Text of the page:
About Me


Welcome to my blog! If you are a millennial who hates the rat race, this is the place to be!

I started this to document my journey to Financial Independence. My goal is to help guide my fellow millennials (that’s right, all you youngins out there. Yes, you.) along similar paths to financial freedom. Millennials are the group of people born anywhere from roughly the early eighties to the 2000’s. Basically, at the time of writing, anyone who can drive up to 30 some odd year olds.

A lot of the financial blogs out there are dedicated to older people who are set in their lives and want to make changes.

My blog is not for them.

If you’re older and reading, FANTASTIC. I look forward to hearing about any similar experiences you might have had in the past! I’m writing to the young kids in college, the ones who've just graduated and the young professionals. Read more about my goal for the blog in My Manifesto.

Becoming financially aware at a younger age has pros and cons. The best part about being young is we haven’t had as much time to make so many bad mistakes that are set in stone. We’re the financial equivalent of a clean slate. We also have tons of time for compound interest to work its magic and make us lots of free money, as well as the time to ride out a bear market.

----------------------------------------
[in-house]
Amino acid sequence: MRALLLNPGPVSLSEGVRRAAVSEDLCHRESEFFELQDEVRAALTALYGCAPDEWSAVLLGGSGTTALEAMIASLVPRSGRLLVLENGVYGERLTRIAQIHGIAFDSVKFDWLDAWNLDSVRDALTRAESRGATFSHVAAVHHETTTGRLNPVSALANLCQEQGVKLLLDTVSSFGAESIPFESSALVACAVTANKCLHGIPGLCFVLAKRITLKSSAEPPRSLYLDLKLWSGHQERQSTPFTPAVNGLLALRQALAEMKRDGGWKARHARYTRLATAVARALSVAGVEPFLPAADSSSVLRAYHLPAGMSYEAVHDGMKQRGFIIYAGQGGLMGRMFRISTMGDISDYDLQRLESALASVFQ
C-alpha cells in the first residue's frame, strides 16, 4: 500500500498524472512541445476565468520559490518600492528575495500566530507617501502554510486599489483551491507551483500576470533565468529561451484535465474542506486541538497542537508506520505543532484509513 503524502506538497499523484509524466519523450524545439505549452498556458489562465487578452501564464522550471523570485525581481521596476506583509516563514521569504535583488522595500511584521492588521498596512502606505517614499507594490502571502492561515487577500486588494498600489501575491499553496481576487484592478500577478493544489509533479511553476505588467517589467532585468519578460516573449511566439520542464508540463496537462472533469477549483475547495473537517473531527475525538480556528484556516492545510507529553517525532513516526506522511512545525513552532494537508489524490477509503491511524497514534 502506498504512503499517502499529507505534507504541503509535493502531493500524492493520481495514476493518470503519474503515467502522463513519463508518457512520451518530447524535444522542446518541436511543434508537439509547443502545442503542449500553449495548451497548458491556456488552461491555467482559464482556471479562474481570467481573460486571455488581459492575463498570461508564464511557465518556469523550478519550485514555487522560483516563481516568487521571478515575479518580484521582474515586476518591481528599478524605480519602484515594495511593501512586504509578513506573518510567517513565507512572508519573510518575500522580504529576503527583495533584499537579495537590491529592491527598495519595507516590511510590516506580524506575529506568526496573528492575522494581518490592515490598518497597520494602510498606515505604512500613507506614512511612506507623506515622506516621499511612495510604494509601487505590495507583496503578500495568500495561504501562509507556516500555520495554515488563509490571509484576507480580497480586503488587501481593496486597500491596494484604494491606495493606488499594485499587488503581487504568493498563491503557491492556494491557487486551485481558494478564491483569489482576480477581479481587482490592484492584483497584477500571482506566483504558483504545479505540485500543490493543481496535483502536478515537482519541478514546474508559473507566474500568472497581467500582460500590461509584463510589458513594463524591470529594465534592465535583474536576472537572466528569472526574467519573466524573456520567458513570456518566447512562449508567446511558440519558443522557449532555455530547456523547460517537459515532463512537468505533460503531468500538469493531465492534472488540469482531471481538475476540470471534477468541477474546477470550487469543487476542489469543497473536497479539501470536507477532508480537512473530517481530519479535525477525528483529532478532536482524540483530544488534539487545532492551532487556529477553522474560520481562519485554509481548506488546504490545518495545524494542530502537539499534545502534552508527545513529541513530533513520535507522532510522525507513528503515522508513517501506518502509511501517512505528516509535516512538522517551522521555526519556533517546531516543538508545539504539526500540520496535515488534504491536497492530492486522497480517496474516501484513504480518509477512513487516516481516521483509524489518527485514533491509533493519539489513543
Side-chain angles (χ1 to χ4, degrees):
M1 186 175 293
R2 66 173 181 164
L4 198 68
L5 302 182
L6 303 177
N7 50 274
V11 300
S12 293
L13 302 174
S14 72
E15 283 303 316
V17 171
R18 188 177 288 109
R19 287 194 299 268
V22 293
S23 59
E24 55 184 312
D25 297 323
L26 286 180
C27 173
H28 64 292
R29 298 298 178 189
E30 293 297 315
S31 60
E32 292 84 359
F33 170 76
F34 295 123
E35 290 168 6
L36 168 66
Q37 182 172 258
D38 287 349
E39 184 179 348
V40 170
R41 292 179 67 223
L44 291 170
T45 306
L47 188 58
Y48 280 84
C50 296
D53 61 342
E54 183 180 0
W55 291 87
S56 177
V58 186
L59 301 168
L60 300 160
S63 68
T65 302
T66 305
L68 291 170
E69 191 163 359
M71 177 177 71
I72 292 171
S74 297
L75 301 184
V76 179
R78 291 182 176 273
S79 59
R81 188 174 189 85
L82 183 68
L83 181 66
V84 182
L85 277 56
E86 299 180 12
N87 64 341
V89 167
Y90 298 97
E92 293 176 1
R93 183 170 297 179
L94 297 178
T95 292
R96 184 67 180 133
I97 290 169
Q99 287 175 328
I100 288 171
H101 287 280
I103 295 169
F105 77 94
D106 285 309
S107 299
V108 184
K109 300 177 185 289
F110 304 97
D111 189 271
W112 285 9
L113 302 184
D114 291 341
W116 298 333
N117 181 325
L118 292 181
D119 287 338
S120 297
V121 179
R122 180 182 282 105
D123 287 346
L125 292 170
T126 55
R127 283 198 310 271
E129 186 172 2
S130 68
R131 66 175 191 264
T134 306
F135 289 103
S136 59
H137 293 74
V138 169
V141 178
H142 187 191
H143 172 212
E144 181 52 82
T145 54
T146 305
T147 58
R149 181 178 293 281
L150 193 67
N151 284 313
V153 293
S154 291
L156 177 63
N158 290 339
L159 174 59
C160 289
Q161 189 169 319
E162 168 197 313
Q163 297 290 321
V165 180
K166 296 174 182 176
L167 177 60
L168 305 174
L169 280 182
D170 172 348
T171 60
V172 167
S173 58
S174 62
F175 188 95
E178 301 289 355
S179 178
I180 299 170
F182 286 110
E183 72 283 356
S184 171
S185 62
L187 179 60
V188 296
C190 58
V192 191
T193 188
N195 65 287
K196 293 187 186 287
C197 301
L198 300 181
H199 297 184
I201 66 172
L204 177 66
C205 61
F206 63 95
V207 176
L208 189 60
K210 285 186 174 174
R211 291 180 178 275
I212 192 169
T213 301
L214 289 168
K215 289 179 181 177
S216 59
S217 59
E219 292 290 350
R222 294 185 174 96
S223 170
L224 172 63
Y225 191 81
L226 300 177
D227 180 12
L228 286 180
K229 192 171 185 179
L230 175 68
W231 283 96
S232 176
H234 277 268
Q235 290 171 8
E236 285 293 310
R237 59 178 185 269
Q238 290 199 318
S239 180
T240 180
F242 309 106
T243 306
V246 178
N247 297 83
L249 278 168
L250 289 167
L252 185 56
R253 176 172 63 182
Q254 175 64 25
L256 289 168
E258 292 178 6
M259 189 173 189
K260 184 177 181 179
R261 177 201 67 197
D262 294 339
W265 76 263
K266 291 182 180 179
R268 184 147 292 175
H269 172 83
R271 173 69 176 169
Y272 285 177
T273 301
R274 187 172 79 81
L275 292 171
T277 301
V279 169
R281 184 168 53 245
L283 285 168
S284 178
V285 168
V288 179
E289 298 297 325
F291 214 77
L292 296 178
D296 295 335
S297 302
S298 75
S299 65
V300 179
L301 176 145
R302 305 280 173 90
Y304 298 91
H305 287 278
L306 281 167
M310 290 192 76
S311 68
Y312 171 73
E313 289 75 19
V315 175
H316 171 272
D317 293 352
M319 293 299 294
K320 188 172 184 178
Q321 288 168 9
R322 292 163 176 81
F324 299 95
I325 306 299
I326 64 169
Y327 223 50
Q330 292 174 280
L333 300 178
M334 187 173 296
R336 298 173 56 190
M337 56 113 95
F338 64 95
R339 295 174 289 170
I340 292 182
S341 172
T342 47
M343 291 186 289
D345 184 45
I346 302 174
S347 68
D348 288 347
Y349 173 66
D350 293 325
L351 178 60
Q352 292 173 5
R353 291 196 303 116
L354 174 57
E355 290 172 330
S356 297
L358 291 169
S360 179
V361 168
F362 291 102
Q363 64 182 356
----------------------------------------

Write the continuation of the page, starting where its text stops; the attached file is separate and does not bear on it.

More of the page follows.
One con is just a simple lack of experience. There are a lot of life lessons to be learned in the adult world, and I’m hoping that we can grow and learn together!

I suppose I should introduce myself a bit better. I’m Gwen. I’m 26, located in the Midwest, and somewhat happily employed in the IT sector. From an early age, I’ve always had an obsession with money. When I was younger, I was obsessed with obtaining more of it so I could have more things, namely candy from the gas station and replacement fees for lost library cards. Seriously, I don’t know what it was about those slippery little buggers, but I must’ve lost at least a dozen cards. Same goes for house keys.

If you would like to read more about my background, check out Background: Part 1 and the other half of the story in Part 2.